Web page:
Legal Home Laws in Place to Keep You and Your Home Improvement Contractors Safe and Protected While on the Job

Laws in Place to Keep You and Your Home Improvement Contractors Safe and Protected While on the Job

When beginning a home improvement project, a lot can go wrong. There are many moving parts in the process, from choosing a contractor to ensuring they do what they are supposed to do. This makes it much more important for you as a homeowner and consumer to know your rights and be able to exercise them effectively when hiring someone.

The following laws will help you stay safe and protected while your renovations occur.

Consumer Protection Laws

These measures protect both homeowners and contractors from unscrupulous behavior by creating home improvement contracting work standards. They set out rules on fair dealings with consumers and disclosure requirements regarding any business names and contact information used by the contractor, including their license number.

Some states even require an estimate or proposal containing certain price information before work begins. It may also include a statement disclosing the contractor’s intention not to file a bond or any required insurance.

There Is No Such Thing as Standard Licensing in the Home Improvement Industry

Although some states give licenses only to roofers, electricians, plumbers, and other professionals who work on homes primarily from outside, none of these licenses exist at the federal level. This means that anyone can call themselves a contractor and perform work on your home.

You should check the home builders credentials before hiring anyone to ensure they are qualified to do the job you need to be done, but it is generally accepted that there is no one governing body for all contractors in this industry.

Most Projects Fall Under the Heading of Drywall Repair/Replacement During a Remodel

It is not uncommon for customers to ask for something very specific when contacting a contractor, such as wanting new cabinets installed or maybe even a complete bathroom redo.

Unfortunately, these kinds of requests usually result in coming up with an estimate that is much larger than anticipated because the condition of the walls behind the new cabinets needs reinforcement and will require drywall repair, and installing a completely new bathroom will require tearing down walls, taking up floors, and installing new plumbing.

The largest portion of the customer’s budget is usually related to drywall repair/replacement costs, so it is important to consider this carefully before starting any remodeling project.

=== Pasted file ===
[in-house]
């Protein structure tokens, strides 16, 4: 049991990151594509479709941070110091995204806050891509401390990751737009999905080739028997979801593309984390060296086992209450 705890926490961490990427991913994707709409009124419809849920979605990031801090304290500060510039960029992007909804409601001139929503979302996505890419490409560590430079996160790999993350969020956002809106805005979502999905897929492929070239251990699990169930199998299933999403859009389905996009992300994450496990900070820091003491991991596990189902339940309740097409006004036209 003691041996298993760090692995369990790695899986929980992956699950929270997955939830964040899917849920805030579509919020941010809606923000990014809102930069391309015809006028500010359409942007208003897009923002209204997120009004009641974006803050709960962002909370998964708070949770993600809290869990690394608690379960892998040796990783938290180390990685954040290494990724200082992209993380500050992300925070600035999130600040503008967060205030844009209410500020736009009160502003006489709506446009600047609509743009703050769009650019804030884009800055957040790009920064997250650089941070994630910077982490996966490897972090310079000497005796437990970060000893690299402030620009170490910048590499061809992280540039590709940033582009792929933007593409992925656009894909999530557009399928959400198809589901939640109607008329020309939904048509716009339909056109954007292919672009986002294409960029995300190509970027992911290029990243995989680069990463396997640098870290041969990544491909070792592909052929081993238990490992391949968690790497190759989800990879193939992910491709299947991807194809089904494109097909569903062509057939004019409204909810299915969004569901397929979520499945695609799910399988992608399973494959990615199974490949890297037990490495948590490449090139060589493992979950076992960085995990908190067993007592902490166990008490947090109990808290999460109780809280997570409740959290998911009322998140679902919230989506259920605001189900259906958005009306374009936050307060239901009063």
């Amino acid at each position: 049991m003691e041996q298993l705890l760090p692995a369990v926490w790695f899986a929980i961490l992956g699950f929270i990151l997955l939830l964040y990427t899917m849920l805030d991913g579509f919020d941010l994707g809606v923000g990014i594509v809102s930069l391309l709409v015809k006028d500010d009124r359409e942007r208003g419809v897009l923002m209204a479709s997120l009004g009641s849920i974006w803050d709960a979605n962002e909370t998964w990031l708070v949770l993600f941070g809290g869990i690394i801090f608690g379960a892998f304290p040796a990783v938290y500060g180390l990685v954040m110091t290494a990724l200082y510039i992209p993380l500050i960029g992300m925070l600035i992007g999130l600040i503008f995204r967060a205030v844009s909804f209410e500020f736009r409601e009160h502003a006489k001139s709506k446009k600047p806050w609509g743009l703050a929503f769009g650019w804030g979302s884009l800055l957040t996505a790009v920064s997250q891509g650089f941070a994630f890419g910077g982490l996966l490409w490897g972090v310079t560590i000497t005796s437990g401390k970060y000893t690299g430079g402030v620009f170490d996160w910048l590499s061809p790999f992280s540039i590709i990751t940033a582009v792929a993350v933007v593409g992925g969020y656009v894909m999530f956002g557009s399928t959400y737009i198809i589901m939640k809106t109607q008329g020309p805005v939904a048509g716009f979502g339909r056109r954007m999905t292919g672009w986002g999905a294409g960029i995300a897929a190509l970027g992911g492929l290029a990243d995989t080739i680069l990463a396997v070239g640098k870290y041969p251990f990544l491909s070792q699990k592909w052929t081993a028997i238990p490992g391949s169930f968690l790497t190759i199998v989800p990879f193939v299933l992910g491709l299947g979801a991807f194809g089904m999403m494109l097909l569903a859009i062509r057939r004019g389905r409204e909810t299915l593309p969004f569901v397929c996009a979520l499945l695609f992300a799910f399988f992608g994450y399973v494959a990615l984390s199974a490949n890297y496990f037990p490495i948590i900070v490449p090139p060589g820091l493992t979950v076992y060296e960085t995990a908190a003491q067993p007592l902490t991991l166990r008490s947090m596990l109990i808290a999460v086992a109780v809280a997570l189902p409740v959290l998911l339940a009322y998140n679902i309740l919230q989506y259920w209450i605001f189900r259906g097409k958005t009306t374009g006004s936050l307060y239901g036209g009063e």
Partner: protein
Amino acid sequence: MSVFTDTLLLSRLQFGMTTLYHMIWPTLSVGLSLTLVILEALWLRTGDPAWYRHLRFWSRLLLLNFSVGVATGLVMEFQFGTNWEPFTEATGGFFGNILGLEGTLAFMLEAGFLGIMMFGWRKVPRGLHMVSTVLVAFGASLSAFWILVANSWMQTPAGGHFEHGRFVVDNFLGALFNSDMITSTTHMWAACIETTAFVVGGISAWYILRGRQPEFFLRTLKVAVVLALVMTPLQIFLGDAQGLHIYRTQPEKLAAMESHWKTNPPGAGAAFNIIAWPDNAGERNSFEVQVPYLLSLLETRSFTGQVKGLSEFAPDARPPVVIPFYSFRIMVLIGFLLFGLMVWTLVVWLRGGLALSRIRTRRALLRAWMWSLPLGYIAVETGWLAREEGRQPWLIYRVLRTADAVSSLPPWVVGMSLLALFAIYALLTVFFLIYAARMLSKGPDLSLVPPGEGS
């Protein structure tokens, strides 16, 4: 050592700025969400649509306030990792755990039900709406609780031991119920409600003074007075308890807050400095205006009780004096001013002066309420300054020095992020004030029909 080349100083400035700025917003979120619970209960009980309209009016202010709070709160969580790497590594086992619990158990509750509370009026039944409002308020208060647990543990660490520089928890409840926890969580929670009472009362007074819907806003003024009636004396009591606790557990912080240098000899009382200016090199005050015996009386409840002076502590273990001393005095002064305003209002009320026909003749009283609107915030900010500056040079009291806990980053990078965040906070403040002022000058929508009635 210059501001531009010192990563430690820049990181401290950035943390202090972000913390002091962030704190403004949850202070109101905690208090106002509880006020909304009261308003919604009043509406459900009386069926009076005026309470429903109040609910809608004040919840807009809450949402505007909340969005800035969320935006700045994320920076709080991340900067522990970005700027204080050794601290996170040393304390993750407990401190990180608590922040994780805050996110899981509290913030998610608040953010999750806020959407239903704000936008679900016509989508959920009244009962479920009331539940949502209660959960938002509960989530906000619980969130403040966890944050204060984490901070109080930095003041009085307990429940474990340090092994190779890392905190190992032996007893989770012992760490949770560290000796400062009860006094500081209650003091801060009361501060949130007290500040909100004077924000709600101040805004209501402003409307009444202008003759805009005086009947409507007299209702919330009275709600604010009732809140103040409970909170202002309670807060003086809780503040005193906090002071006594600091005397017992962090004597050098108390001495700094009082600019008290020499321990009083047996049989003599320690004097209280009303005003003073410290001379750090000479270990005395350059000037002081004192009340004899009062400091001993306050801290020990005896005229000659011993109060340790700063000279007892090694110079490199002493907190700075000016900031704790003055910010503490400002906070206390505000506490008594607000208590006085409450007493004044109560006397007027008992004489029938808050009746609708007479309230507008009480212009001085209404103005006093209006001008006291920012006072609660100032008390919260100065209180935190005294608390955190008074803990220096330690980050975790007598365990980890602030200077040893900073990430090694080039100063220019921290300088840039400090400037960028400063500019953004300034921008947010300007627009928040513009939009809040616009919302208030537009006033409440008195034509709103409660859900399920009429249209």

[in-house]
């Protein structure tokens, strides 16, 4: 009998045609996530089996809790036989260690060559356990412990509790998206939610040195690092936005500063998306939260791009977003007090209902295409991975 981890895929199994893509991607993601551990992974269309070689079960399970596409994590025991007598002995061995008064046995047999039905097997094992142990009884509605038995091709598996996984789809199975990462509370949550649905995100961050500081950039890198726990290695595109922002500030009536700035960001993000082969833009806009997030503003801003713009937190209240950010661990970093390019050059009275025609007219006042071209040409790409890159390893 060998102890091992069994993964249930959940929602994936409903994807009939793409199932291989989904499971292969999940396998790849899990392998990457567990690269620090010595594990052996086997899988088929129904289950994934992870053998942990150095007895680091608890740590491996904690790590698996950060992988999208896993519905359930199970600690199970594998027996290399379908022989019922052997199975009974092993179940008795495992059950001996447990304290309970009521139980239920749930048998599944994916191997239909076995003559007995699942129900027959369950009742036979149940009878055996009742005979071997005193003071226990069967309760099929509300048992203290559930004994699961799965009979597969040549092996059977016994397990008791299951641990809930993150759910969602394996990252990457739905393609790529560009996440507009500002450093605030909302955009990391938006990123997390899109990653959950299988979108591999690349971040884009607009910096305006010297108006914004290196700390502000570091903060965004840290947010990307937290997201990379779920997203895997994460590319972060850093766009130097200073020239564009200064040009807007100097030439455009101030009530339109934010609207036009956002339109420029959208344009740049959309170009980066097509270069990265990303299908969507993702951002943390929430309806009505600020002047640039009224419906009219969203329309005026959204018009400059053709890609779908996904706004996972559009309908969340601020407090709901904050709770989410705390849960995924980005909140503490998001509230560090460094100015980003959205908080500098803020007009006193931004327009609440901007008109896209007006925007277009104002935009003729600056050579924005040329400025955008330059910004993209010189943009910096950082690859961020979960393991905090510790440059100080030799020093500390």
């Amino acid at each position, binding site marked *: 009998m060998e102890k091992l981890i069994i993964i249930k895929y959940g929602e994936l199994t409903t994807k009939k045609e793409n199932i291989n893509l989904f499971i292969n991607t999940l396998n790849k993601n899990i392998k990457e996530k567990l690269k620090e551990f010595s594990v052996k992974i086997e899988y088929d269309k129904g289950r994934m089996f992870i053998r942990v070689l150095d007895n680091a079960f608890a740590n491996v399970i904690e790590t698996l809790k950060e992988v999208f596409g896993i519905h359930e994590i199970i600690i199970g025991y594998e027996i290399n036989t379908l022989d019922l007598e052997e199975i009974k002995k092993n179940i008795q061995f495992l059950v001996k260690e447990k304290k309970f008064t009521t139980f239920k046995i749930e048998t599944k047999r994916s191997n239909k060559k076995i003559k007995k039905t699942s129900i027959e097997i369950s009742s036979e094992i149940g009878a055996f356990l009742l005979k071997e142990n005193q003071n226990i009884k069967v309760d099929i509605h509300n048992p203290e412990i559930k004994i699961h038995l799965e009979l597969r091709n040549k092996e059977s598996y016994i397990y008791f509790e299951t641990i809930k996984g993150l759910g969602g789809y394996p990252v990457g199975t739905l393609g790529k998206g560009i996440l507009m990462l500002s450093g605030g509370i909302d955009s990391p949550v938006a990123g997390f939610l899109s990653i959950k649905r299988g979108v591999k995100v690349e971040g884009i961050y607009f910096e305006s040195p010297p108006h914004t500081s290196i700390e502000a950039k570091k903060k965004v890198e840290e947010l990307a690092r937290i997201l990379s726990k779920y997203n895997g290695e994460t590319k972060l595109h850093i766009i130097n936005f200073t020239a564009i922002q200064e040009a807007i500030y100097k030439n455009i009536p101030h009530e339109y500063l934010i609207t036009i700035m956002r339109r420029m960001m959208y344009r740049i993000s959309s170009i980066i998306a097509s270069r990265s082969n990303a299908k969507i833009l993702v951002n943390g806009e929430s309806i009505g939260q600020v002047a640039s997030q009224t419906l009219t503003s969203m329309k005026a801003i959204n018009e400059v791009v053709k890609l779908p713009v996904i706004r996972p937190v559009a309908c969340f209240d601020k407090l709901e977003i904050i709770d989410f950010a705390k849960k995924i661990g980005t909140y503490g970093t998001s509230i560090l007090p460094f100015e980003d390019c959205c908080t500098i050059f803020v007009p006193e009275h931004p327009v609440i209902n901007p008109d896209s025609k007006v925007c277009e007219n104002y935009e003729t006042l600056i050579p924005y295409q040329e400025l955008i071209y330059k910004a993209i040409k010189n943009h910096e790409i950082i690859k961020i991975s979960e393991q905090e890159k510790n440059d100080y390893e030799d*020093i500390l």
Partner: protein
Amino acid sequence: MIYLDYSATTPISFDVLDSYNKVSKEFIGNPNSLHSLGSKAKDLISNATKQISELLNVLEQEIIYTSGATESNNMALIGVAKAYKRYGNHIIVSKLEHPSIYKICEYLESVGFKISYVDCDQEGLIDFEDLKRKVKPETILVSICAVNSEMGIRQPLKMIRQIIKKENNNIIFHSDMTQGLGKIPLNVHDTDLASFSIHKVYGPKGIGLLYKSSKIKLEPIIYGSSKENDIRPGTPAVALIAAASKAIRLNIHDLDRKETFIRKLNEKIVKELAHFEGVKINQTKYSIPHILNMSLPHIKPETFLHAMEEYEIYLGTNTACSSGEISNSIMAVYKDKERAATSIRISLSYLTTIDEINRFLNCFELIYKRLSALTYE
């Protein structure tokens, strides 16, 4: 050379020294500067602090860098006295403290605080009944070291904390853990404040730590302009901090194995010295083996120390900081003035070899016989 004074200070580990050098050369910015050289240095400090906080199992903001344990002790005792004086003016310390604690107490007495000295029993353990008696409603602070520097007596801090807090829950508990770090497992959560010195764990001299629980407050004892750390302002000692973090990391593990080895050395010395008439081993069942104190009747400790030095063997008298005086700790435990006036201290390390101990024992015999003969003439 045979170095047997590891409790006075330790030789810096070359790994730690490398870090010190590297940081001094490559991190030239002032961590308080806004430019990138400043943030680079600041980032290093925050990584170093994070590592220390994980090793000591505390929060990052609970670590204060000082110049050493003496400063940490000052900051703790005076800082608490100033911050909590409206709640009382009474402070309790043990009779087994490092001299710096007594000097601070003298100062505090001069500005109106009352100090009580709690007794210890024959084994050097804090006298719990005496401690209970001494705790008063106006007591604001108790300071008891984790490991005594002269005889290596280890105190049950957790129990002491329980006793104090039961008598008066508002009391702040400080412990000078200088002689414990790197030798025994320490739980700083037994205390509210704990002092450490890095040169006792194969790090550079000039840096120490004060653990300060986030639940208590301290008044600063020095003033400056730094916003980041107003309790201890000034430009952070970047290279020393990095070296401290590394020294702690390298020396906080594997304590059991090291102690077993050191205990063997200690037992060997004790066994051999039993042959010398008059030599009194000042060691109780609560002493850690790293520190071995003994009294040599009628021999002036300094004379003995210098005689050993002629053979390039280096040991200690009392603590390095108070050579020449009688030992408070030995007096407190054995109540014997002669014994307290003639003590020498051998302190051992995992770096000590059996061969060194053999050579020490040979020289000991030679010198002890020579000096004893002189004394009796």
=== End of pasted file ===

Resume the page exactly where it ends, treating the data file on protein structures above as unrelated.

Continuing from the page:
A Contract Should Spell Out All Terms Before Any Work Begins

When hiring a contractor from a heating oil company or any other service provider for your home improvement project, you should receive a written contract that clearly states what work will be performed by the contractor and exactly how much this work will cost.

Everything from the base price to options such as different flooring or cabinets must be spelled out before any work begins because changes like these could significantly increase your final bill. Additions or alterations are made without changing whatever contract is in place.

Inspect Your Home and Property With a Fine-Tooth Comb Before Hiring a Contractor for an Exterior Project

When the goal is to make major renovations outside of your home, you should take special care to thoroughly inspect your house and property before even considering hiring services from contractors like wood fence contractors. Roofing contractors are especially used to this kind of inspection because it is not uncommon for roofers to come across serious damage or defects during an inspection that their customers are completely unaware of.

The last thing you want to happen is find out after your contract has been signed that, for example, there are rotting rafters behind the brick veneer on the front of your house that need replacing, or maybe there was some water damage that led to termite infestation under the floorboards. This will increase your final bill, and you will need to contact your contractor right away, so it is best to find these issues beforehand and then plan accordingly.

Home Improvement Contractor Should Not Charge Extra Even if Circumstances Beyond Their Control Arise

Suppose a problem arises during a project out of the contractor’s control, such as an unanticipated crack in a ceramic tile surface. In that case, they should not automatically tack on additional charges.

In this kind of situation, the issue with the tile is not related to poor workmanship or faulty installation by the contractor. Instead, it was bad luck when selecting materials from suppliers or laying them down.

A good rule of thumb here would be to consider how common this type of event is in the contractor’s field of work and then compare it to how much additional time or effort they will require. If you feel that the added costs are still very high, discuss things with your contractor to see if they can reduce their rates without sacrificing too much quality.

A Client Has the Right to Have a Project Completed Promptly

When hiring any home improvement contractor for your home, you should expect them to complete all tasks within a reasonable period. This means that if ceilings need painting, it is best not to hire someone who claims that there may be an eight-week wait before they can start. Instead, stick with contractors who are much more efficient. If your contractor does take too long to complete their work, you have the right to find another one who will be able to dedicate themselves fully to your project.

A Home Improvement Contractor Should Always Allow You to Choose Between Flat Rates and an Hourly Rate

Whether or not to pay an hourly rate or opt for a flat rate should ultimately be yours as the client. Some benefits are available exclusively when using an hourly payment method with your home improvement contractors.

For example, if you do not know exactly what kind of materials will be used during a project, paying per hour gives you the flexibility needed in situations. It also makes sense if your contractor’s hourly rate is significantly lower than what you would pay if hiring them by the project.

A Home Improvement Contractor Should Never Charge for Time Spent on Planning, Traveling to Your Home, or Performing Other Necessary Tasks

The majority of contractors, for instance, wood fence contractors who work in the home improvement sector, will be open about charging an hourly rate for their services. However, some may take advantage of this fact by adding meters to their vehicles or time spent on preparing records, etc., as part of the final bill.